Question #9: Do funeral directors take advantage of the bereaved?
Funeral directors are caring individuals who help people cope with a very stressful time. We are dedicated to serving families, and many of our staff have spent most of their lives in the community. If we took advantage of bereaved families, we could not stay in business.
Question #10: Is it right to make a profit from death?
Funeral directors look upon their profession as a service, but it is also a business. Like any business, funeral homes must make a profit to exist. As long as the profit is reasonable and the services rendered are necessary, complete, and satisfactory to the family, profit is legitimate.
Question #11: Don’t funeral directors mark caskets up tremendously, at least 400%?
No. Talking about the mark up on caskets is really not the point. Most items–clothing, furniture, jewelry–are marked up as much or more than caskets. The real question is whether the funeral director is making an excessive profit, And that answer is “No.” Profits run around 12.5% before taxes — not excessive by any standard.
Question #12: Who pays for funerals for the indigent?
Other than the family, there are few resources available to pay for funerals. In most Iowa counties, some form of General Assistance allowances are available. Resources and eligibility requirements vary by county. We are aware of the various benefits and know how to obtain them for the indigent. However, we often absorb costs above and beyond what is provided by agencies to insure the deceased a respectable final disposition.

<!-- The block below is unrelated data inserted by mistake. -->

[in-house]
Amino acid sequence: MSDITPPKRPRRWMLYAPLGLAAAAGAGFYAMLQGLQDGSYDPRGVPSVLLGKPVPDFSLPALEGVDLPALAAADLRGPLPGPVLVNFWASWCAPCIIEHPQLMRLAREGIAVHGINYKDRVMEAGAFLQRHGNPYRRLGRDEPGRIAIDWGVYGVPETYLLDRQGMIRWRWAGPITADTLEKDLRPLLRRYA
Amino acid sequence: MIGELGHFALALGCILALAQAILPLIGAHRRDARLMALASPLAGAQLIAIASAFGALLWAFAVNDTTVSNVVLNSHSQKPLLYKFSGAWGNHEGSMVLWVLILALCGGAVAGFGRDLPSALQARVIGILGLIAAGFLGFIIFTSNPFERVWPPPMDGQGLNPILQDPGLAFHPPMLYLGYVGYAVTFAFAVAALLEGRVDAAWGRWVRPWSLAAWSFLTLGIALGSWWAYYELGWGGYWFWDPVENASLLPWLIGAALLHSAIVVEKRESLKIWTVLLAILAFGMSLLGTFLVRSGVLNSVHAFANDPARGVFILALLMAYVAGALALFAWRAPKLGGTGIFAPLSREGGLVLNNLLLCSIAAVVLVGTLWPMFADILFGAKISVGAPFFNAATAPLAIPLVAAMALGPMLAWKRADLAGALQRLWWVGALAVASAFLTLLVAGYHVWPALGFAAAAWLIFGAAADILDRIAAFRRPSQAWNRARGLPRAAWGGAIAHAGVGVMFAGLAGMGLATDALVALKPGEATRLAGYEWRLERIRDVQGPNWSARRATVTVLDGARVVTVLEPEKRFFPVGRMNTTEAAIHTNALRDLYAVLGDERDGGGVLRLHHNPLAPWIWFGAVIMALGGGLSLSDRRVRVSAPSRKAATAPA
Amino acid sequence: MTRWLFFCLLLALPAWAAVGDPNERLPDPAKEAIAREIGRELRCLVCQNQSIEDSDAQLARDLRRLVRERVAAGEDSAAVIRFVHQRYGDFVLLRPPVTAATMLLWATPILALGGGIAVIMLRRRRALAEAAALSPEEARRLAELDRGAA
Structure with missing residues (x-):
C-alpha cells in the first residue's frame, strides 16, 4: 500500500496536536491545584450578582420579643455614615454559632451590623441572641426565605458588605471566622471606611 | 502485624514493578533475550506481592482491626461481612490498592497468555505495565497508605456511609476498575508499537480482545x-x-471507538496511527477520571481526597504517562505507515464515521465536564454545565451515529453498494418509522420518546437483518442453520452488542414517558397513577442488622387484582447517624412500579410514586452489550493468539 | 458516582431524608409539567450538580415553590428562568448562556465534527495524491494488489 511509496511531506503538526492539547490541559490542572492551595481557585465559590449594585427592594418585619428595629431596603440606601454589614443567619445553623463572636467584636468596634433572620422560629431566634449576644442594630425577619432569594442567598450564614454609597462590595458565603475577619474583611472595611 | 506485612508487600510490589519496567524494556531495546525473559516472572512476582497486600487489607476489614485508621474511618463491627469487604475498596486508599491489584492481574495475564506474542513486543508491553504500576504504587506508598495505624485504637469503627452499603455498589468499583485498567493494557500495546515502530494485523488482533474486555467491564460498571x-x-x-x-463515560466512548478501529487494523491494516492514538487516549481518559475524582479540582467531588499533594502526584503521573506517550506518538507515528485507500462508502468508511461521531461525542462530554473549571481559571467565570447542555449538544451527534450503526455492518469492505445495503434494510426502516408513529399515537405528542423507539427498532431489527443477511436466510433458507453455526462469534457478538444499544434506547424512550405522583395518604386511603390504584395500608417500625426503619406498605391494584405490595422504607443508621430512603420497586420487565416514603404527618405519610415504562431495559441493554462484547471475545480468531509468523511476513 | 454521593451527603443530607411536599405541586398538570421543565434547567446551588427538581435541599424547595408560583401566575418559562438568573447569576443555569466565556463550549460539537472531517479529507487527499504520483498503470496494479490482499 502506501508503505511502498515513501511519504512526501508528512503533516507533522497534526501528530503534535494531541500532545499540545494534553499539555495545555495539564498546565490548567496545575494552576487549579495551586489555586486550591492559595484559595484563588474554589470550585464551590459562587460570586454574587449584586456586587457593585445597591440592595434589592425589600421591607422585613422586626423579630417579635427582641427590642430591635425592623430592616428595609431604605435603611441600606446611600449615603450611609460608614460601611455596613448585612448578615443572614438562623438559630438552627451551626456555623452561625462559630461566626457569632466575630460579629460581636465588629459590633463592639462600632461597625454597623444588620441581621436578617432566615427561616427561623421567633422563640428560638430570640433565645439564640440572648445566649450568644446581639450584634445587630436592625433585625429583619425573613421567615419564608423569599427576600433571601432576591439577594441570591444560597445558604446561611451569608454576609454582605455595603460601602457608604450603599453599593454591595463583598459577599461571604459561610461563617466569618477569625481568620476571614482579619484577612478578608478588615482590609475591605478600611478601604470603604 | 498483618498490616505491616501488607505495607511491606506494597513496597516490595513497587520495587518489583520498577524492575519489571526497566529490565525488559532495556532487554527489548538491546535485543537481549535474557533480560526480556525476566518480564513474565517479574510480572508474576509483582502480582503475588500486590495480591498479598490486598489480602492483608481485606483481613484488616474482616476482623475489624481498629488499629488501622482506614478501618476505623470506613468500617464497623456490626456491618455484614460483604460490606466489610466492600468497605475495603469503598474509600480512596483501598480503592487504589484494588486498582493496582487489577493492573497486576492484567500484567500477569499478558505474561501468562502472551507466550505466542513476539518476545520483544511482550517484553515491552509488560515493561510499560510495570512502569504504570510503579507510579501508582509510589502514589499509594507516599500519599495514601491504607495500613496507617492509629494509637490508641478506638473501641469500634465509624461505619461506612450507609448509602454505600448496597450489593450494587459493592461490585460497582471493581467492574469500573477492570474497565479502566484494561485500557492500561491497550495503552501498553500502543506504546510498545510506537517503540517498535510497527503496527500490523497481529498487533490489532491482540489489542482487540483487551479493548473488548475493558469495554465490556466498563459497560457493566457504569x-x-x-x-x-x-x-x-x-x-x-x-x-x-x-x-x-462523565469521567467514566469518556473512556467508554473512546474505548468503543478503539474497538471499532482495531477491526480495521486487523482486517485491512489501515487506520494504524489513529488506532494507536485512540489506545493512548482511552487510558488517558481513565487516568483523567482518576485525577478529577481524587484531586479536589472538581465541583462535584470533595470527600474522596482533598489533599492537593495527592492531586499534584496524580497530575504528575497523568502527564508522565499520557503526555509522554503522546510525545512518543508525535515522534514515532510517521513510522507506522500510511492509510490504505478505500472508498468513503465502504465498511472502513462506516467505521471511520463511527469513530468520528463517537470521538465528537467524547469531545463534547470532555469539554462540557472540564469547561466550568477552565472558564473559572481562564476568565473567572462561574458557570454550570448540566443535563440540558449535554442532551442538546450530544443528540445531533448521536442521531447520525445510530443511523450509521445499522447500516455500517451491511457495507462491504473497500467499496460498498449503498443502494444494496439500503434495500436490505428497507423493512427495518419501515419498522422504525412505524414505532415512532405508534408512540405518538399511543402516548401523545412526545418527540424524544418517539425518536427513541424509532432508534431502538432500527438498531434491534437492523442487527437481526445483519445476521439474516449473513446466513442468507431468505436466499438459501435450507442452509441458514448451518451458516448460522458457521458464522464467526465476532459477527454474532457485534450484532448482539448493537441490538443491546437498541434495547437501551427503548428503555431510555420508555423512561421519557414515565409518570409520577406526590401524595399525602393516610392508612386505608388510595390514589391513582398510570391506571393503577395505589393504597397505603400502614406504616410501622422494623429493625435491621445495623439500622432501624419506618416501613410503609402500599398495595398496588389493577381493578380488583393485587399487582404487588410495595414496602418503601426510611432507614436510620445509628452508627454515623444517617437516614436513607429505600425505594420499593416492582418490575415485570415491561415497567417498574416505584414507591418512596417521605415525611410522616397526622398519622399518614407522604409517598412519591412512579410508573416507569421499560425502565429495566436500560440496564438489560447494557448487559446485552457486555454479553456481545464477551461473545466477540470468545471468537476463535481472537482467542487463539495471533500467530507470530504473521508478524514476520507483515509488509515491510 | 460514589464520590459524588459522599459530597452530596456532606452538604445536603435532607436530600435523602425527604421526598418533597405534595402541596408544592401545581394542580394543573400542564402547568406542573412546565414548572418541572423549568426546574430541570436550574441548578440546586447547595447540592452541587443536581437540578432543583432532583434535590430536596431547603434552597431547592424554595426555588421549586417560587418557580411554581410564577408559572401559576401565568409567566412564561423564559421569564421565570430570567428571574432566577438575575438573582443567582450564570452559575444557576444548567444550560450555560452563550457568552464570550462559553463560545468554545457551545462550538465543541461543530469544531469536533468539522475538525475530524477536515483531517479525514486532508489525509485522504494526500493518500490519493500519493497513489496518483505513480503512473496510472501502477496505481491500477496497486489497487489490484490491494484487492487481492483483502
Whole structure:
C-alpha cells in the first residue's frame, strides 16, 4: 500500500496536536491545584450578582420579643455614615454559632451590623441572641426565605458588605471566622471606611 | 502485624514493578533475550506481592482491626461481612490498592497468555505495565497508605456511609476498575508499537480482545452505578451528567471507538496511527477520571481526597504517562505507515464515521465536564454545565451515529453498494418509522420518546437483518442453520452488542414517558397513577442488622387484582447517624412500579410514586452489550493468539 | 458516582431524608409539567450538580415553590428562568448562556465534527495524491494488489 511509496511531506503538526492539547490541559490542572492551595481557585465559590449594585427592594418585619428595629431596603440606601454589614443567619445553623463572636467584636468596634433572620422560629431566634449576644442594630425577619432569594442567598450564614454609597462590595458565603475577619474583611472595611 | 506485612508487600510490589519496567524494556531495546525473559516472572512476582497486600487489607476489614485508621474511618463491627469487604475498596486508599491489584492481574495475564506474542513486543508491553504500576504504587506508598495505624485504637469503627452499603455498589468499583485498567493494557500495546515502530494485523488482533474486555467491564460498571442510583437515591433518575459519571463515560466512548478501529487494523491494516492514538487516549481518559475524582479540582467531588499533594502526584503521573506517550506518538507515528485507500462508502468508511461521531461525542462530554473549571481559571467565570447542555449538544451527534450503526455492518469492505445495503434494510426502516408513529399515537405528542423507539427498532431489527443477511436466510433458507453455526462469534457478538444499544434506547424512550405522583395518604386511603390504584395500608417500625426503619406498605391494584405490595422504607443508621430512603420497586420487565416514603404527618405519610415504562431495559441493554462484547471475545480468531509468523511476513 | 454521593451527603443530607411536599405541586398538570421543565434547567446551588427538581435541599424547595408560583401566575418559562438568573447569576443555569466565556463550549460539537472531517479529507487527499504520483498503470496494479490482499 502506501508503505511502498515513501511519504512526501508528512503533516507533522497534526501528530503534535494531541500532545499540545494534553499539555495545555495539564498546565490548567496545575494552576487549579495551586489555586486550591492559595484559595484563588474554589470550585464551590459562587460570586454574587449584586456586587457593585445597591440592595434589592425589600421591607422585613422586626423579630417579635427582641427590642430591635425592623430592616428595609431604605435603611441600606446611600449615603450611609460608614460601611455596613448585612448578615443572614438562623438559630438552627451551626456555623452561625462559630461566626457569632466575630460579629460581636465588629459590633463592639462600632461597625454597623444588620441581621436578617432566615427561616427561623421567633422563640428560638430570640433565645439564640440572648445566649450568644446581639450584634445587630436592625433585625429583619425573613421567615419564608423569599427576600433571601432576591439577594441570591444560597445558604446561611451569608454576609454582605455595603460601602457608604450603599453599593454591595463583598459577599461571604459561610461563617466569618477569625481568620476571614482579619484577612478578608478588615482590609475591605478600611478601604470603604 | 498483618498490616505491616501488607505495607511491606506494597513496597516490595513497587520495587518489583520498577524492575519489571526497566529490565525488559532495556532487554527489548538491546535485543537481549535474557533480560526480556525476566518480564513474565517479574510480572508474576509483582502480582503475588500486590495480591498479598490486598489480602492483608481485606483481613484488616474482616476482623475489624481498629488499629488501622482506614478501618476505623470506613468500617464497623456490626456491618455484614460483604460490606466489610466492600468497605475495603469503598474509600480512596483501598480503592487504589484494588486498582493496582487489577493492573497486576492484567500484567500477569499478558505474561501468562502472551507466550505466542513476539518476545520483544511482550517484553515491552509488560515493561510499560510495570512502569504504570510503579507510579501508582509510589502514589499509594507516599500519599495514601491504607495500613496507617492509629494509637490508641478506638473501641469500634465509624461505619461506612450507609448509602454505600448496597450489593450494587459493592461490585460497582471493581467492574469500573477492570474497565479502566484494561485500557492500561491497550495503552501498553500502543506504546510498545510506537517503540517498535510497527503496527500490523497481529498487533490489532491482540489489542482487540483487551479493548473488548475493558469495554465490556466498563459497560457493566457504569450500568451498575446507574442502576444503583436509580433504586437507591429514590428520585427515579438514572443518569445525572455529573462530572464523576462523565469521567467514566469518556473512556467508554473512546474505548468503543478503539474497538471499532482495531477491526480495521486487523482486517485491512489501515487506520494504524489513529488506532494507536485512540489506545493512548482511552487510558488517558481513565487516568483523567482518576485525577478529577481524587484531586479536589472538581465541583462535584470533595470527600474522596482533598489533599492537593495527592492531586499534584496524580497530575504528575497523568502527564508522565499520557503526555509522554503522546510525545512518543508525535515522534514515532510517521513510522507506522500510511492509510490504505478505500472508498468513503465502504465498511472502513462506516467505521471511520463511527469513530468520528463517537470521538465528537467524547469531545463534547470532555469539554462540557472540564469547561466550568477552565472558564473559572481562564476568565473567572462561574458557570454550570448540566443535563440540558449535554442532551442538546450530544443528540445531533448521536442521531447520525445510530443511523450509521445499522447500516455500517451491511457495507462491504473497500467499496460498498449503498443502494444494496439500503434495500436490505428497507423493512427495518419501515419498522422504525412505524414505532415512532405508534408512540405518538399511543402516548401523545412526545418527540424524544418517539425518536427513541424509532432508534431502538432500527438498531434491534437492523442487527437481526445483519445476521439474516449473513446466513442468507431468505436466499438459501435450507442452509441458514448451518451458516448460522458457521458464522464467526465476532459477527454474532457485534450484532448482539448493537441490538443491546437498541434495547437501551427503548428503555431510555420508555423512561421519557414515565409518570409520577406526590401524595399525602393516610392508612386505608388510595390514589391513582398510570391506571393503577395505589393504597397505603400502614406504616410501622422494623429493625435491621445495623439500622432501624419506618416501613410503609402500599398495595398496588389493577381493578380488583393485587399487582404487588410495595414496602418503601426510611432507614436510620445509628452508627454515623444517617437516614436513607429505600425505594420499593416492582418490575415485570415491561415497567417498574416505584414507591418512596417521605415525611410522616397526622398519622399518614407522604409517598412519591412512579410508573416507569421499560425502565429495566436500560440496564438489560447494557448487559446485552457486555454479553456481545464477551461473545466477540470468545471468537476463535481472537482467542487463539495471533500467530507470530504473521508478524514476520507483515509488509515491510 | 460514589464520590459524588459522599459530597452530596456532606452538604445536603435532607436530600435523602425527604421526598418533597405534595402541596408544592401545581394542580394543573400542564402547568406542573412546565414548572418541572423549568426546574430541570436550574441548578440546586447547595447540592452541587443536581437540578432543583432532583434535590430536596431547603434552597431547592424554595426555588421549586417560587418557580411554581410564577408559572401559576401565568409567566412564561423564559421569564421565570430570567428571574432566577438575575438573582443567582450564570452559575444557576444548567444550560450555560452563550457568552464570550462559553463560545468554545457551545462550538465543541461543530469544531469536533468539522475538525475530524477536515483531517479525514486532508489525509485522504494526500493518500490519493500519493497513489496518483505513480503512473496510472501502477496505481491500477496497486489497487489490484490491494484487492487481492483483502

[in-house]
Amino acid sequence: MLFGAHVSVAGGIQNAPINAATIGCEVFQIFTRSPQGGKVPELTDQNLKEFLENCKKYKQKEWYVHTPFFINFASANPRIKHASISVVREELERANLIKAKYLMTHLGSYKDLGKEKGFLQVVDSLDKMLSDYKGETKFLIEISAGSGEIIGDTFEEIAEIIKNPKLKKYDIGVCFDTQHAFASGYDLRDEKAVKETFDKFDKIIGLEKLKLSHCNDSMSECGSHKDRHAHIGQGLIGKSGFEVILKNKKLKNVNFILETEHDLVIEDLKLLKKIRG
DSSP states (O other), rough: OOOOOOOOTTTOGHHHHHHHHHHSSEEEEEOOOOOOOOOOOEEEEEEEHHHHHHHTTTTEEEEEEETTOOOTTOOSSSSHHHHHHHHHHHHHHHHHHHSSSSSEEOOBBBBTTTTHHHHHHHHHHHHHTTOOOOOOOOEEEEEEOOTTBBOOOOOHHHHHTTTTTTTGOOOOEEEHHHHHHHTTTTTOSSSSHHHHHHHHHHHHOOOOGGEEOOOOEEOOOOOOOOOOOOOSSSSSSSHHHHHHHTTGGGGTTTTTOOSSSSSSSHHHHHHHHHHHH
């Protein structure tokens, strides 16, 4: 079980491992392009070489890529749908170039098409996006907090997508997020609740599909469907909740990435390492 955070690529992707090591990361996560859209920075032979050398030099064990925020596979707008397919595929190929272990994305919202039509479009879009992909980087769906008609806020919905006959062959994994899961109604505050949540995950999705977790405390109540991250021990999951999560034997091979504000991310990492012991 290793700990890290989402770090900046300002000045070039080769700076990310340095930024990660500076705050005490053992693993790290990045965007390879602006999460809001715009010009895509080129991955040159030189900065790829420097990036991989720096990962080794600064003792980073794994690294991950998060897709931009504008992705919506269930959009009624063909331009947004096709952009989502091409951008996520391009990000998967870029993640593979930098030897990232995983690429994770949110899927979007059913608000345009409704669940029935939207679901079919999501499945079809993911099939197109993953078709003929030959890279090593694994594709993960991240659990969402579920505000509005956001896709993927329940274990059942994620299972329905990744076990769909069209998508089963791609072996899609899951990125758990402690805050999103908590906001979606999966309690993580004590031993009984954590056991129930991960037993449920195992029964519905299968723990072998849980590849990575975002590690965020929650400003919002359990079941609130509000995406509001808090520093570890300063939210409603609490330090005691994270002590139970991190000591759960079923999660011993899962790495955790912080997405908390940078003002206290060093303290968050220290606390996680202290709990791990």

Question #13: What should I do if the death occurs in the middle of the night or on the weekend?
Our funeral directors are available for service at all times and our telephone is always answered no matter the time or the day. If you have a death occur in the middle of the night, during a weekend, or on a holiday, simply call our number and we’ll be there to take care of you.
Question #14: Will someone come right away?
If you request immediate assistance, yes. If the family wishes to spend a short time with the deceased to say good bye, it’s acceptable. We will come when your time is right.
Question #15: If a loved one dies out of state, can the local Funeral Home still help?
Yes, we can assist you with out-of-state arrangements, either to transfer the remains to another state or from another state. We make these arrangements often. Call us anytime and we will answer all your questions and make the calls for you and your family.
Question #16: So, I’ve decided on cremation. Can I still have a funeral or a viewing?
Answer: Yes, quite often some sort of viewing precedes the actual cremation. We can assist you with the necessary information for a funeral with a cremation following or a memorial service. Call one of our family service representatives to help carry out your personal wishes.
Question #17: What government agencies help defray final expenses?
We will help gather the necessary information to apply for financial assistance from Social Security, Veteran’s, retirements and any others.